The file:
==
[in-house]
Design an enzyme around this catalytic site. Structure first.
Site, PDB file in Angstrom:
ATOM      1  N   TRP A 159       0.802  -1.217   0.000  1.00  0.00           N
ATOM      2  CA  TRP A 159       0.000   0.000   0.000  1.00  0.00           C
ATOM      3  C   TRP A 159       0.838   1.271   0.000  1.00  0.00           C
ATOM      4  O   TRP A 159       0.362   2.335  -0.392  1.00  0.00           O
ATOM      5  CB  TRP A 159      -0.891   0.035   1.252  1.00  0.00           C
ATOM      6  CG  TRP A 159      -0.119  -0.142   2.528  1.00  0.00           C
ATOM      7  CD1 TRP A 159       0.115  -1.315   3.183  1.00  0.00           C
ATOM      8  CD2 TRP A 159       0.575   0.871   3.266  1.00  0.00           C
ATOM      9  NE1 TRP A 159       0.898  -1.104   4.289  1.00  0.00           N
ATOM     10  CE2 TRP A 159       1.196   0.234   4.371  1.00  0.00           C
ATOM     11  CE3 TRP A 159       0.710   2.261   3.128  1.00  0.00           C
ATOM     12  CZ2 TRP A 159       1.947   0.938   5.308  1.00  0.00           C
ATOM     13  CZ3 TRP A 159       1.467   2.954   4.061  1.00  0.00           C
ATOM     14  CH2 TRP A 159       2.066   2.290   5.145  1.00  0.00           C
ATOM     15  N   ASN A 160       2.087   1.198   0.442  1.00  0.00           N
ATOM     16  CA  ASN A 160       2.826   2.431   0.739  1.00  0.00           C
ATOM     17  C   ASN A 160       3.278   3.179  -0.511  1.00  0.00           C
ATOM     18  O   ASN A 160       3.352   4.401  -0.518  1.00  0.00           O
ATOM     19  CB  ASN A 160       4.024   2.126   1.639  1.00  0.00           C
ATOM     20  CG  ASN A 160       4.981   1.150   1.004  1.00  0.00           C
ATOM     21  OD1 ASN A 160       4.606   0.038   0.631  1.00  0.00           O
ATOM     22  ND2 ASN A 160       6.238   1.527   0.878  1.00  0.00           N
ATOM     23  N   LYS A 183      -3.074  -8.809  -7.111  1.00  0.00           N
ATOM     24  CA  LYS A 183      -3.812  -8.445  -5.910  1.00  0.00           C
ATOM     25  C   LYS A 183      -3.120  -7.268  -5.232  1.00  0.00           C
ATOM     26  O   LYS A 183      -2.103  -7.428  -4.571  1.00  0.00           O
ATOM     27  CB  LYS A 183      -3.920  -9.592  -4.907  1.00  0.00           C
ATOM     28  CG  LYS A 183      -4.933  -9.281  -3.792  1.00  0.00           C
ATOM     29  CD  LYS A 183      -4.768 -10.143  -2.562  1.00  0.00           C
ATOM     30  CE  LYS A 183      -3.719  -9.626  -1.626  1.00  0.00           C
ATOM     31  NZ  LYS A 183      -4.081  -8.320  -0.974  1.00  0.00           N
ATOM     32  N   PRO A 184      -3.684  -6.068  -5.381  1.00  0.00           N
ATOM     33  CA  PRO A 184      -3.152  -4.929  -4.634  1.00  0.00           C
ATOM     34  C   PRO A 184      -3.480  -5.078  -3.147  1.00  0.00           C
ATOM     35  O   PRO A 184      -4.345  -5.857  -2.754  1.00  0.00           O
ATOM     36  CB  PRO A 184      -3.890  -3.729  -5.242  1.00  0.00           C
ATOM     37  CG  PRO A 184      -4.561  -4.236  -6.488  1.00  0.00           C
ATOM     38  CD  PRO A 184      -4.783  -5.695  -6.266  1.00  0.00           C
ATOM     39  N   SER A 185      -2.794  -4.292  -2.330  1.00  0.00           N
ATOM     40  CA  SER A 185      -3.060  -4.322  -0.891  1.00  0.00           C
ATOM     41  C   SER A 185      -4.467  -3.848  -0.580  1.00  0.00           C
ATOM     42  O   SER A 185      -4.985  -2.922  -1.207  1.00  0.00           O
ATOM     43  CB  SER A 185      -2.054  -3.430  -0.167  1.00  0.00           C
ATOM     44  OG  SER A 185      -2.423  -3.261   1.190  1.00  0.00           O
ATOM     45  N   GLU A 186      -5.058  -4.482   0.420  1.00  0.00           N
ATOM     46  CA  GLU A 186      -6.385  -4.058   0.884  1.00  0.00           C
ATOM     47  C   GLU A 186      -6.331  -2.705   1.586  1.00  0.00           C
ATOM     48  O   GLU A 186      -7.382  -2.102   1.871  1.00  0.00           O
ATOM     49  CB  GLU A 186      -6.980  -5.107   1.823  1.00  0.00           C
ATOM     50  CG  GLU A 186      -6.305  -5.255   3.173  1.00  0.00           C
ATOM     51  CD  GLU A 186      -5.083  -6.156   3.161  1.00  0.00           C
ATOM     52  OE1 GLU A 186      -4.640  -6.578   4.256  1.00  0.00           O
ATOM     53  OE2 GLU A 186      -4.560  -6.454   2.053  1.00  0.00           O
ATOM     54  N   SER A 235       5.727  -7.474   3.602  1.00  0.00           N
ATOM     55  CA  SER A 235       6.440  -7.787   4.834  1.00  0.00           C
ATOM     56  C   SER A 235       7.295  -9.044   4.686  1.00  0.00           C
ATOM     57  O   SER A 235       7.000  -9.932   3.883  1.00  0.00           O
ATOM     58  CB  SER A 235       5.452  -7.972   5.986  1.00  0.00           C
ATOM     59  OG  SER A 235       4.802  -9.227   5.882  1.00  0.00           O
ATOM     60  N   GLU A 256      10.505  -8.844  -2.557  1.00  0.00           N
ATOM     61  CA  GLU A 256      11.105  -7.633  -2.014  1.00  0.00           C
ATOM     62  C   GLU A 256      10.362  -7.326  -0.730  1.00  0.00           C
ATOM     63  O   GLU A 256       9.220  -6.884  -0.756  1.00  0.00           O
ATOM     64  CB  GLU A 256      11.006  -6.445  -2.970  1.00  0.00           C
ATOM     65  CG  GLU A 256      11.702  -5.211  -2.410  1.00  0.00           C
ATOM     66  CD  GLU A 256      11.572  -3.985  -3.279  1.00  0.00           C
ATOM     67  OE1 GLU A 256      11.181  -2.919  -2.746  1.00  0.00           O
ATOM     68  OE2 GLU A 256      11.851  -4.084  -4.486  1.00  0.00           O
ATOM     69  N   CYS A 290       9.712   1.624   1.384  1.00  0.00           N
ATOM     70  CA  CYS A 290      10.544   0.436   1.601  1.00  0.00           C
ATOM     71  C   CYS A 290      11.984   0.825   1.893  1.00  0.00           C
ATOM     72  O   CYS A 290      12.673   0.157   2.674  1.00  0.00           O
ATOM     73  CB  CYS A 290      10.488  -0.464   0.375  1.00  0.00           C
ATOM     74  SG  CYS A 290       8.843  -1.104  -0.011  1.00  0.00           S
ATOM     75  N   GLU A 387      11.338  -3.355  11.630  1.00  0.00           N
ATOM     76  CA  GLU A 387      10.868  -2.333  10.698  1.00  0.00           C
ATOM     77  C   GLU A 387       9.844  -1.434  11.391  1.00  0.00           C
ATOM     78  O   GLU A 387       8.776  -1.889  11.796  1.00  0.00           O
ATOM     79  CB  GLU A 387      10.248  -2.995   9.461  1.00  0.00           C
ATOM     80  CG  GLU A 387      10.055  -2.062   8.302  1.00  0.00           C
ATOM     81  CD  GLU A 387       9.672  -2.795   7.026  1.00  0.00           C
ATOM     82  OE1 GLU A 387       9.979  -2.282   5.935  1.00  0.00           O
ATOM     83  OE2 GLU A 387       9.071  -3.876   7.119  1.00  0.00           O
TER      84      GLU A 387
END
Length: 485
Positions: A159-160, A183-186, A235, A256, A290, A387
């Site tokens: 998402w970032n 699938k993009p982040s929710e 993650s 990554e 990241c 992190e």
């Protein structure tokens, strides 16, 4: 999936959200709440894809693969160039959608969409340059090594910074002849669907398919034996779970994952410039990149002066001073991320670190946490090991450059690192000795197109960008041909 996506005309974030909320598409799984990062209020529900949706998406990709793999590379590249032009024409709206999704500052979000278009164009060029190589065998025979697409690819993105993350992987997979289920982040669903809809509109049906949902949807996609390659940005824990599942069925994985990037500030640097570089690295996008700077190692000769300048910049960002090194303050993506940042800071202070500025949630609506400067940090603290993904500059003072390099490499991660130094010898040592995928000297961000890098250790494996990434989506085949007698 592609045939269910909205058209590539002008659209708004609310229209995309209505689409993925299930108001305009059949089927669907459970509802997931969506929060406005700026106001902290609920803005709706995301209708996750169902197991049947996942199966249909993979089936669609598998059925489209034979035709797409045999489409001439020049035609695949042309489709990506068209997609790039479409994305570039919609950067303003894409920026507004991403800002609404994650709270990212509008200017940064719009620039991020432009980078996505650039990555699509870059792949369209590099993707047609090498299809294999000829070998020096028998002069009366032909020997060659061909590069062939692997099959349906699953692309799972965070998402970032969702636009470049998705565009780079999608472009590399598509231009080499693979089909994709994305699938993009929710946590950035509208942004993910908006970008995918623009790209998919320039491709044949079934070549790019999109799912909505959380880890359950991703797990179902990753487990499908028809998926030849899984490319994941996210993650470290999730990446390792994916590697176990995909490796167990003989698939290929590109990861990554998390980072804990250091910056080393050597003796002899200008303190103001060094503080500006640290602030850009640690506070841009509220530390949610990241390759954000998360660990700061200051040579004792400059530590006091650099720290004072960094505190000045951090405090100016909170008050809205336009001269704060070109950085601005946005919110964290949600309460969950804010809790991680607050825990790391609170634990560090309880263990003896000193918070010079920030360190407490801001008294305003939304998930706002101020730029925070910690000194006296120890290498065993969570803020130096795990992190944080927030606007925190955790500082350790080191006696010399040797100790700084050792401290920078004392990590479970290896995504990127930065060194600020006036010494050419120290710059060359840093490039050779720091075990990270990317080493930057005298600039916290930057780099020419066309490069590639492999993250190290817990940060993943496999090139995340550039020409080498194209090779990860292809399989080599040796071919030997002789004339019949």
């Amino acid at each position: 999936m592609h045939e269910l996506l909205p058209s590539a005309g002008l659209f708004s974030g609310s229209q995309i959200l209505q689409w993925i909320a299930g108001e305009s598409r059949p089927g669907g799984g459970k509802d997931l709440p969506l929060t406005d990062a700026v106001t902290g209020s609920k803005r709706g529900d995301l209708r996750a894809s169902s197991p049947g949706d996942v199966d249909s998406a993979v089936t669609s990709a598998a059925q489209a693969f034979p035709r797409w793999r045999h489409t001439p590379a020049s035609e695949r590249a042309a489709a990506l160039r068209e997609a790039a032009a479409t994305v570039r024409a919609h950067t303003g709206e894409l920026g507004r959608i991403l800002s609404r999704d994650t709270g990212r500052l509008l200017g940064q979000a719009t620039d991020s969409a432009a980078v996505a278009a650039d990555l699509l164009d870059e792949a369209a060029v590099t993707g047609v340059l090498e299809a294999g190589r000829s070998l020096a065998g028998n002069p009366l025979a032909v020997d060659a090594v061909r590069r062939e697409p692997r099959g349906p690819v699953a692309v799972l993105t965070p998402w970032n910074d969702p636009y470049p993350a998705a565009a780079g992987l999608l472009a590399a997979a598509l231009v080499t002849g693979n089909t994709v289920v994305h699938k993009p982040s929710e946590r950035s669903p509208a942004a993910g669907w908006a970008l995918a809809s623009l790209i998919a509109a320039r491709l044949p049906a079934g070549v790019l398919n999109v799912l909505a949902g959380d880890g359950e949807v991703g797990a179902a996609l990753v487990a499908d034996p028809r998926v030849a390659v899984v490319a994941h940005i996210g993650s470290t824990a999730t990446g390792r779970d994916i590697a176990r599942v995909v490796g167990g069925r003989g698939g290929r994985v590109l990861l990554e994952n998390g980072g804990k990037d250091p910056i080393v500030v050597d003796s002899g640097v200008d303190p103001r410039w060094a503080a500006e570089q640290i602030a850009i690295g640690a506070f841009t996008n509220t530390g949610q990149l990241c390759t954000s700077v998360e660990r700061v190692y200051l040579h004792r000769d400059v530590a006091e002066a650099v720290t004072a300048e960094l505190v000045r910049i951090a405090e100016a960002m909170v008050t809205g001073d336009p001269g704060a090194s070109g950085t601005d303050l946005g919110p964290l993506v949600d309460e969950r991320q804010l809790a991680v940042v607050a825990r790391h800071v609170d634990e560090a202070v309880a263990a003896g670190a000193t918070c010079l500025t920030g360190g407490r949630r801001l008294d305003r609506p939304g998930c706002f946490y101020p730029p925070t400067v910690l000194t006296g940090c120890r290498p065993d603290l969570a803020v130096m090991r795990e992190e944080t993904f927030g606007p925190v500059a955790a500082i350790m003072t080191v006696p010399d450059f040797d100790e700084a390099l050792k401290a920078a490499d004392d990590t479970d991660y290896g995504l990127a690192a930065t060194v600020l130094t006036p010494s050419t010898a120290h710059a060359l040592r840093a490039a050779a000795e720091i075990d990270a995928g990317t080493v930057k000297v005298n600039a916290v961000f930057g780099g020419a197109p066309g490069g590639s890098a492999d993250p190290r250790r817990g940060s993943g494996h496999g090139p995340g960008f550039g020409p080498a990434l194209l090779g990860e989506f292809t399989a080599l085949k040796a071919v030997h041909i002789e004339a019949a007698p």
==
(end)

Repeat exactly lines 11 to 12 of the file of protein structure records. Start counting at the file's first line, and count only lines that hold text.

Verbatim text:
ATOM      8  CD2 TRP A 159       0.575   0.871   3.266  1.00  0.00           C
ATOM      9  NE1 TRP A 159       0.898  -1.104   4.289  1.00  0.00           N